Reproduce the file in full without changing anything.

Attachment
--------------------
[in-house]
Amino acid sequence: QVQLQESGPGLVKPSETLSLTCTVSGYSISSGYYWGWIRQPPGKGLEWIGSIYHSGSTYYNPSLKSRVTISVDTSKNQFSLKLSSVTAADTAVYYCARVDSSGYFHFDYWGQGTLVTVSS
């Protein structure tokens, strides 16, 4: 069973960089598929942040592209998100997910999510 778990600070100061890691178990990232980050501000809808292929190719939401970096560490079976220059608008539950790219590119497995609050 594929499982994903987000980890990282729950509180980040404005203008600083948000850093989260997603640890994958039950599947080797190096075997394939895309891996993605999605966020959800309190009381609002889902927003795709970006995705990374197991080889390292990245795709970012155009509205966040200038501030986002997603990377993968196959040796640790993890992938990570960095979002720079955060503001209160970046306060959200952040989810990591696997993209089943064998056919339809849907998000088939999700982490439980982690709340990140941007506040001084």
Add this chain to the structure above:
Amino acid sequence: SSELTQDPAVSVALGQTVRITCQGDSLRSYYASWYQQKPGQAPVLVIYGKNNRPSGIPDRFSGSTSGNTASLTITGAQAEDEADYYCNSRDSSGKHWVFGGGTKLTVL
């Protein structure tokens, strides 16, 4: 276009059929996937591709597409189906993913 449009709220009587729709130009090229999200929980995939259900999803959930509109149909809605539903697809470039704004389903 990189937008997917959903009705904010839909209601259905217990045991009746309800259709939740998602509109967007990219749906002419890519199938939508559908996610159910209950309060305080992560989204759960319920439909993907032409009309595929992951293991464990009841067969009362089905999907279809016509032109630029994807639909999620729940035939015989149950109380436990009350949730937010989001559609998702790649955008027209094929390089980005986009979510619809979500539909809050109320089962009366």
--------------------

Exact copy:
[in-house]
Amino acid sequence: QVQLQESGPGLVKPSETLSLTCTVSGYSISSGYYWGWIRQPPGKGLEWIGSIYHSGSTYYNPSLKSRVTISVDTSKNQFSLKLSSVTAADTAVYYCARVDSSGYFHFDYWGQGTLVTVSS
């Protein structure tokens, strides 16, 4: 069973960089598929942040592209998100997910999510 778990600070100061890691178990990232980050501000809808292929190719939401970096560490079976220059608008539950790219590119497995609050 594929499982994903987000980890990282729950509180980040404005203008600083948000850093989260997603640890994958039950599947080797190096075997394939895309891996993605999605966020959800309190009381609002889902927003795709970006995705990374197991080889390292990245795709970012155009509205966040200038501030986002997603990377993968196959040796640790993890992938990570960095979002720079955060503001209160970046306060959200952040989810990591696997993209089943064998056919339809849907998000088939999700982490439980982690709340990140941007506040001084």
Add this chain to the structure above:
Amino acid sequence: SSELTQDPAVSVALGQTVRITCQGDSLRSYYASWYQQKPGQAPVLVIYGKNNRPSGIPDRFSGSTSGNTASLTITGAQAEDEADYYCNSRDSSGKHWVFGGGTKLTVL
């Protein structure tokens, strides 16, 4: 276009059929996937591709597409189906993913 449009709220009587729709130009090229999200929980995939259900999803959930509109149909809605539903697809470039704004389903 990189937008997917959903009705904010839909209601259905217990045991009746309800259709939740998602509109967007990219749906002419890519199938939508559908996610159910209950309060305080992560989204759960319920439909993907032409009309595929992951293991464990009841067969009362089905999907279809016509032109630029994807639909999620729940035939015989149950109380436990009350949730937010989001559609998702790649955008027209094929390089980005986009979510619809979500539909809050109320089962009366």